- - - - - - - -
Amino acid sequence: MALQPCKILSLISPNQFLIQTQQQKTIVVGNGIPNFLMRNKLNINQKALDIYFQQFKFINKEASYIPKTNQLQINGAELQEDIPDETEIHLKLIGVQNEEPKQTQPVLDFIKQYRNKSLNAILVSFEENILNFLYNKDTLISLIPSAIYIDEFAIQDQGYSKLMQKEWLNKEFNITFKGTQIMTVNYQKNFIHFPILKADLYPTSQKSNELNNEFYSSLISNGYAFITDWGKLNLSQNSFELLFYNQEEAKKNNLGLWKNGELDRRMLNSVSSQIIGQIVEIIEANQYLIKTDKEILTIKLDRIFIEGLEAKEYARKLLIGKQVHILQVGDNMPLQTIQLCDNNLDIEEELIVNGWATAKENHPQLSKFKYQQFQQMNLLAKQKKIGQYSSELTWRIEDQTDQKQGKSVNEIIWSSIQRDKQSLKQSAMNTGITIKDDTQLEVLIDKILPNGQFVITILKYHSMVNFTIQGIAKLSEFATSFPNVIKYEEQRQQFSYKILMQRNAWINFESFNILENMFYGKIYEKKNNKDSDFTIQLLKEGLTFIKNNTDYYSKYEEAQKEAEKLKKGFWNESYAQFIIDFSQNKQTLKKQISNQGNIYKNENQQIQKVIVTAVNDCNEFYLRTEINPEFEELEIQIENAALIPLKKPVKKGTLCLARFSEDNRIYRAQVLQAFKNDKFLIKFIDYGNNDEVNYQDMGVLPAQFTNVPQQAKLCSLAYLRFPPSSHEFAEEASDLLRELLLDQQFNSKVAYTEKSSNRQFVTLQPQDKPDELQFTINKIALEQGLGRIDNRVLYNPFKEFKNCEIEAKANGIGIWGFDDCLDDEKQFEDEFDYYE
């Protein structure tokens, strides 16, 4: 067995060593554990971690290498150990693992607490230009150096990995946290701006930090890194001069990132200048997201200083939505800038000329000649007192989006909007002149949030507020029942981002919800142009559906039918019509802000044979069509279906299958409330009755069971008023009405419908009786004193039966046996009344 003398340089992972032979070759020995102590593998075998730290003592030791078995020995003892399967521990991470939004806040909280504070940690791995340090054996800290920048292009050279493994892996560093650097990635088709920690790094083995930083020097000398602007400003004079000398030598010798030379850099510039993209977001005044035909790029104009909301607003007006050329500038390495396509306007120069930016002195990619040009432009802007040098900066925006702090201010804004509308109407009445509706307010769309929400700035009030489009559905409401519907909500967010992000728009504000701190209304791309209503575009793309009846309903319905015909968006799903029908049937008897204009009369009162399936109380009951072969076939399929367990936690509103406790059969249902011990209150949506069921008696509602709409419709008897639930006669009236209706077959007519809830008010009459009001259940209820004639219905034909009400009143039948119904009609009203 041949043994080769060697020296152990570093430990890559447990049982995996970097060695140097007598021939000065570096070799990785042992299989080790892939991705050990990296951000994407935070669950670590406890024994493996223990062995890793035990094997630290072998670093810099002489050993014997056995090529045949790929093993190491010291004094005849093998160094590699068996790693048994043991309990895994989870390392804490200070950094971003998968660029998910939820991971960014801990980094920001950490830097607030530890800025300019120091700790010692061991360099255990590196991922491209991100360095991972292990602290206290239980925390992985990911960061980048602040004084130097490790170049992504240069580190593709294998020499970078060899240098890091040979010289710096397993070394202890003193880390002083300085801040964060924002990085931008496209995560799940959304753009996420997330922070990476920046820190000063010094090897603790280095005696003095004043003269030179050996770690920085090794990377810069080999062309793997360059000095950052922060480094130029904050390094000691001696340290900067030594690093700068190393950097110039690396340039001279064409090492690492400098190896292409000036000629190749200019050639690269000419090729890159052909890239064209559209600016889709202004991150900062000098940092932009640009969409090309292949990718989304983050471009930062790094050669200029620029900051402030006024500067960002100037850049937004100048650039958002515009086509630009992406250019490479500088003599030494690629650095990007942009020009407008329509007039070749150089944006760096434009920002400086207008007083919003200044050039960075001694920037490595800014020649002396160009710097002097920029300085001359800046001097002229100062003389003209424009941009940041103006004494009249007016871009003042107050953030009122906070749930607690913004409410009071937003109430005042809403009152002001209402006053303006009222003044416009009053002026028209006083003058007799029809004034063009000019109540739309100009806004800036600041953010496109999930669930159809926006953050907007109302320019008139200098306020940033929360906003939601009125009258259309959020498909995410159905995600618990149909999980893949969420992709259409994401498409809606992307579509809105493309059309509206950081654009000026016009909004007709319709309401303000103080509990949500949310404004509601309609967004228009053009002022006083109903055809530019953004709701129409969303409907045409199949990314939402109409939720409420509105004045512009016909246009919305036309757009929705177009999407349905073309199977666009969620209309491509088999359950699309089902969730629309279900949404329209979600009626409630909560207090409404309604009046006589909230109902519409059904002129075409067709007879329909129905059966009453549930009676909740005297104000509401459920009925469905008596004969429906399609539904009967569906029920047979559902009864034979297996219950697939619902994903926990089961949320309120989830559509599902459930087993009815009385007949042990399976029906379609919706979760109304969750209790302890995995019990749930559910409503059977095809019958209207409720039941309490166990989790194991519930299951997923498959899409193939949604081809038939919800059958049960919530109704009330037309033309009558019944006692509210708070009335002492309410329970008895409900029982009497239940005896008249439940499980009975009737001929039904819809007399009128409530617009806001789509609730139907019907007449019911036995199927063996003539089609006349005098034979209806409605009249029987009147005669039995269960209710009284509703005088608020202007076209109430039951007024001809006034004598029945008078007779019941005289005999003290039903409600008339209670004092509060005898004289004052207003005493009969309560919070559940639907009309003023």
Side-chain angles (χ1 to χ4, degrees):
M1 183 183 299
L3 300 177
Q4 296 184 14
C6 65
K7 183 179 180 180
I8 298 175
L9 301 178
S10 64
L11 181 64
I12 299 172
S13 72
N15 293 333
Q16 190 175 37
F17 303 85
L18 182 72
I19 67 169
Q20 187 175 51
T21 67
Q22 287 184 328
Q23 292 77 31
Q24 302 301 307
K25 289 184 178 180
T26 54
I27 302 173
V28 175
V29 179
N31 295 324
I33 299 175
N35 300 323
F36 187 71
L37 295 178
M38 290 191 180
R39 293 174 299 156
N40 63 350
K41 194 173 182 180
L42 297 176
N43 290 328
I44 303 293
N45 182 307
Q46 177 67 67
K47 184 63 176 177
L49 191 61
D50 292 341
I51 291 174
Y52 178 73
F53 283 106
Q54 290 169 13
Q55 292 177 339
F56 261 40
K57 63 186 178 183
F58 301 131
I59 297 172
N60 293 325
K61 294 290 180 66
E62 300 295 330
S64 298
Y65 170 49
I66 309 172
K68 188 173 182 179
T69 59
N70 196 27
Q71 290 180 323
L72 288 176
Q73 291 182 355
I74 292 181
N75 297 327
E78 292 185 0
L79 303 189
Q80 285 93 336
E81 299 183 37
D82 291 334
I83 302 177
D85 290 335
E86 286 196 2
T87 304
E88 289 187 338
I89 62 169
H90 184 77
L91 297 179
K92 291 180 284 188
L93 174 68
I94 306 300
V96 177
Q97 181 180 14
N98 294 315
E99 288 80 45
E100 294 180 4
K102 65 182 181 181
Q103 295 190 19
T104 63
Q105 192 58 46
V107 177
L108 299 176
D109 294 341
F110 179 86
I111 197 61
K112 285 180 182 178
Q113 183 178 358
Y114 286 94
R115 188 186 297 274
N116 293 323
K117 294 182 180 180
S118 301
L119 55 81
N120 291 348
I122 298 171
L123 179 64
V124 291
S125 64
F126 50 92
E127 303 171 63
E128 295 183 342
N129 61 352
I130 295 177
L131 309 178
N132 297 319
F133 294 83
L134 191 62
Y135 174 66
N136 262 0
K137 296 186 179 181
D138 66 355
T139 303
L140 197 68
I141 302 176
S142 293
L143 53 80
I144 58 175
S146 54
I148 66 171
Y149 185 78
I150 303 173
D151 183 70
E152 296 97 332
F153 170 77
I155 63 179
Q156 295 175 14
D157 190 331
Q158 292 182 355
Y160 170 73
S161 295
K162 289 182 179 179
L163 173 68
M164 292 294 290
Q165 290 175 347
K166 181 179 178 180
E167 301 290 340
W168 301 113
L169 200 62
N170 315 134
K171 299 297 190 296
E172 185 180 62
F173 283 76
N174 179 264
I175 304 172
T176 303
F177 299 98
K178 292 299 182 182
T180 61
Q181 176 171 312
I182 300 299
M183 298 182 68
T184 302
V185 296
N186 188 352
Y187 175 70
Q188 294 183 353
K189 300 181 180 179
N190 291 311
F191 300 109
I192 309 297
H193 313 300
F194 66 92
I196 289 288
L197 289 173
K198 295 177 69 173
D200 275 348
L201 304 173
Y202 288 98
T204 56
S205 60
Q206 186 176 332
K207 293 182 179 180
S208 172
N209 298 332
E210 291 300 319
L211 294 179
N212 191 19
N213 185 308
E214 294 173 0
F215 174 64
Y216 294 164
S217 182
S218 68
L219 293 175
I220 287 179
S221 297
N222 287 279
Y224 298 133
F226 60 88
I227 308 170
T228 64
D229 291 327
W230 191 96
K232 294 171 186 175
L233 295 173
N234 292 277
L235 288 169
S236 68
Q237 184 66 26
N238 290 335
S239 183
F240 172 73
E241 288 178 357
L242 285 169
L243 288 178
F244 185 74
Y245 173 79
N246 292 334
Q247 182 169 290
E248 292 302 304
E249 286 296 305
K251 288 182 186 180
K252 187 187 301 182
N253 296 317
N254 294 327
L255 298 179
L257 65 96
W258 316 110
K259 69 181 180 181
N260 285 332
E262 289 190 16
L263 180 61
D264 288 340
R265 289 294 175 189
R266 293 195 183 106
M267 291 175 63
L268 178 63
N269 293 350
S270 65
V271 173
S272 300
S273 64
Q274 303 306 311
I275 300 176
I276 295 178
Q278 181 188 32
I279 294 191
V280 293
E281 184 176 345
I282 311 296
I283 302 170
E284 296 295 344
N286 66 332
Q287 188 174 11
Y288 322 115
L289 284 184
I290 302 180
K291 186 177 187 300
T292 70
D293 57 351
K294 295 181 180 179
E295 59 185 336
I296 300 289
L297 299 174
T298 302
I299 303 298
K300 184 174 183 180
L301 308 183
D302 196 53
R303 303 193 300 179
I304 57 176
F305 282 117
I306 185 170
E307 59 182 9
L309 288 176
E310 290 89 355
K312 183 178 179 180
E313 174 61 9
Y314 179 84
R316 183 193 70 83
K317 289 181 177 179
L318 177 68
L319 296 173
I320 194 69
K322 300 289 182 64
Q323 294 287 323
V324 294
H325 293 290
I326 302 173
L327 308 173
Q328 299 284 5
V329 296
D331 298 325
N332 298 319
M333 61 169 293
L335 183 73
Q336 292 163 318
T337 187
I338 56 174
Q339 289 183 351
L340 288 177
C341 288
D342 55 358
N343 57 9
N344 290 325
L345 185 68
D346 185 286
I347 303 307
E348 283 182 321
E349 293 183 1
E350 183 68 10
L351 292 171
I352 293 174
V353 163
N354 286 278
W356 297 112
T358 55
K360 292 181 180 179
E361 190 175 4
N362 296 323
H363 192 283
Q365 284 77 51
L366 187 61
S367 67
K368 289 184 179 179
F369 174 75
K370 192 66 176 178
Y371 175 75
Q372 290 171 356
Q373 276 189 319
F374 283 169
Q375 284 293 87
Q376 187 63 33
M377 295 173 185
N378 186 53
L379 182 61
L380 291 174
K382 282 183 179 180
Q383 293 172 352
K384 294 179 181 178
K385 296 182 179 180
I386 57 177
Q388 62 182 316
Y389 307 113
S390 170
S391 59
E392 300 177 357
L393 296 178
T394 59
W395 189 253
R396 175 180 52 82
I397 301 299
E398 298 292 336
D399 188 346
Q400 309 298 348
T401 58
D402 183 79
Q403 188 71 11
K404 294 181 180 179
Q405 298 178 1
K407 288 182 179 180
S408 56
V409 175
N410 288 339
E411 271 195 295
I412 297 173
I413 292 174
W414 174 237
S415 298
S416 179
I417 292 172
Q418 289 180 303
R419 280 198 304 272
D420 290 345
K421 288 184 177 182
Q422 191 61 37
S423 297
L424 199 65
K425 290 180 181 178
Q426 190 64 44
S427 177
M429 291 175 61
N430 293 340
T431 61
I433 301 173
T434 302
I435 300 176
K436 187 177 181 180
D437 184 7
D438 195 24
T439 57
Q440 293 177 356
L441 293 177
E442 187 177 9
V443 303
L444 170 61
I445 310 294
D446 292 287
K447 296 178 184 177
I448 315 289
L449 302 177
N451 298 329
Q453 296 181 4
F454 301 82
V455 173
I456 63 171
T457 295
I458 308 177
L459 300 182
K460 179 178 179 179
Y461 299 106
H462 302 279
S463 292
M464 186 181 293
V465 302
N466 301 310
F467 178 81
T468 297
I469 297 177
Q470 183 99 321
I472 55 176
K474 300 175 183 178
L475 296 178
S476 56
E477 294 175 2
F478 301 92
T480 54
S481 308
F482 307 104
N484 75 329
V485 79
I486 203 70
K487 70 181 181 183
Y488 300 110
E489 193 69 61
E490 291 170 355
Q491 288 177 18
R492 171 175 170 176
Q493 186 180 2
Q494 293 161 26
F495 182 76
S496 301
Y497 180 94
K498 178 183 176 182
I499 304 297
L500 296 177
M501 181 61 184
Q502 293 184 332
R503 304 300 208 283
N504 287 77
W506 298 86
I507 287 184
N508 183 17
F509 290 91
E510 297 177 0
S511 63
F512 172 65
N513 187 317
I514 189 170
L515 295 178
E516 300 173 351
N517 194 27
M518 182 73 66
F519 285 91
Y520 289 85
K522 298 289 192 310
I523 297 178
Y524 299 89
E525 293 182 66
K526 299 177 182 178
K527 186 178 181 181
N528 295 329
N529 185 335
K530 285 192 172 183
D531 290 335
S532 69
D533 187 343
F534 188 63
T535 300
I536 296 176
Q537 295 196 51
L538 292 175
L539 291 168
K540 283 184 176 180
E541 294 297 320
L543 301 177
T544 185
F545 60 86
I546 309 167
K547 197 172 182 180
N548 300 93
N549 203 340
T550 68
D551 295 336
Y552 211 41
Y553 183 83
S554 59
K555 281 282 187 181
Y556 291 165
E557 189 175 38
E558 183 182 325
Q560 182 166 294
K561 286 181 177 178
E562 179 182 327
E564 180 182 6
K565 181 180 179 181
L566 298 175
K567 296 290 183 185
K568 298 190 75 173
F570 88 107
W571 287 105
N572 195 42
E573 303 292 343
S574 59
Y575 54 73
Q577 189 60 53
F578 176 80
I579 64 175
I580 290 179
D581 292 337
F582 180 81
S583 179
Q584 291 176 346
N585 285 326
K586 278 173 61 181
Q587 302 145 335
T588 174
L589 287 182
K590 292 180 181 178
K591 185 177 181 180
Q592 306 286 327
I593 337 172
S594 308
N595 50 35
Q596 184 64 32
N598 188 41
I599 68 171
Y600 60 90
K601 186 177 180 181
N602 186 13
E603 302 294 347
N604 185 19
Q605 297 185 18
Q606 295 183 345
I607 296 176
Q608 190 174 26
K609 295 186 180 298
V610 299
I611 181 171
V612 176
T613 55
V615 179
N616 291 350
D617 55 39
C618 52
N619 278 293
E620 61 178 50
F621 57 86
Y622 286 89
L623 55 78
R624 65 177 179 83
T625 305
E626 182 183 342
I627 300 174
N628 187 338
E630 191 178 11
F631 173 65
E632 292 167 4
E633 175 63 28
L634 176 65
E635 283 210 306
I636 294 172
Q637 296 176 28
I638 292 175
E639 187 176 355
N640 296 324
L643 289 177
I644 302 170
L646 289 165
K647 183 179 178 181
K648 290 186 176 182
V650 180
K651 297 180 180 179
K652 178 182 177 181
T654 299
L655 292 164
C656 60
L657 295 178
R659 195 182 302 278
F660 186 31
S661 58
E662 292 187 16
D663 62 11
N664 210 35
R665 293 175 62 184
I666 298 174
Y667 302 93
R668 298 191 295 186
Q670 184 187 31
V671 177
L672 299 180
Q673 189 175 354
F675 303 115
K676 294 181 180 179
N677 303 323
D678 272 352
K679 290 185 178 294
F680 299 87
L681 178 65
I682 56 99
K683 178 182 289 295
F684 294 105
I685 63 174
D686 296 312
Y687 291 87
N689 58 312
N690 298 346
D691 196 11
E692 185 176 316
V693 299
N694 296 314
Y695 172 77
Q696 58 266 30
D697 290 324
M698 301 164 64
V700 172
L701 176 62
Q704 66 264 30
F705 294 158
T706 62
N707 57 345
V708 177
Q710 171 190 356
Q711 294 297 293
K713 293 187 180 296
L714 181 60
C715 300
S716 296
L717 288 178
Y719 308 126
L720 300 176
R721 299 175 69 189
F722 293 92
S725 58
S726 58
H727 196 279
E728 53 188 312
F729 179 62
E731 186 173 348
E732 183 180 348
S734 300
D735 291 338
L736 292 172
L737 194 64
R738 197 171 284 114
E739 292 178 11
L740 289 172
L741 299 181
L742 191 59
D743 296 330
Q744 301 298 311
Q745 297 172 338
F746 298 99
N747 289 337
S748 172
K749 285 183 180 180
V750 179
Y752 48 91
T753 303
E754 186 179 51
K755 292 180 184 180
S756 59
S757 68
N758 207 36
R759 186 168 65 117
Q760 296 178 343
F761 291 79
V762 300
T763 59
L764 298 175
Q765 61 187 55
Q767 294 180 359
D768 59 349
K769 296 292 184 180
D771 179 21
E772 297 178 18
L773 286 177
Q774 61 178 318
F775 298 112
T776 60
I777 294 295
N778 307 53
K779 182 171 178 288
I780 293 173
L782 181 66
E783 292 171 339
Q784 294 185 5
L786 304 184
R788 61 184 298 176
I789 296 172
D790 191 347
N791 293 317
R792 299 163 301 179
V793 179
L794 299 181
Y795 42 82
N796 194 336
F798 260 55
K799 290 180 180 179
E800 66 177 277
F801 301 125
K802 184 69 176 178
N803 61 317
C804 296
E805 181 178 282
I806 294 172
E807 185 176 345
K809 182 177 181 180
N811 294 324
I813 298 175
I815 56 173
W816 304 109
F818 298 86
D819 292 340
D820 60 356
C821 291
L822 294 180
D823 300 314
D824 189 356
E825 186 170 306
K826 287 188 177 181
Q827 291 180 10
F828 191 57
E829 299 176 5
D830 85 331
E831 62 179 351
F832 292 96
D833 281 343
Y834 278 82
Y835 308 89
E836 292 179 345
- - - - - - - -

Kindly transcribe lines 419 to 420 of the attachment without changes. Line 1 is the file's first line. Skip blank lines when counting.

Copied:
V465 302
N466 301 310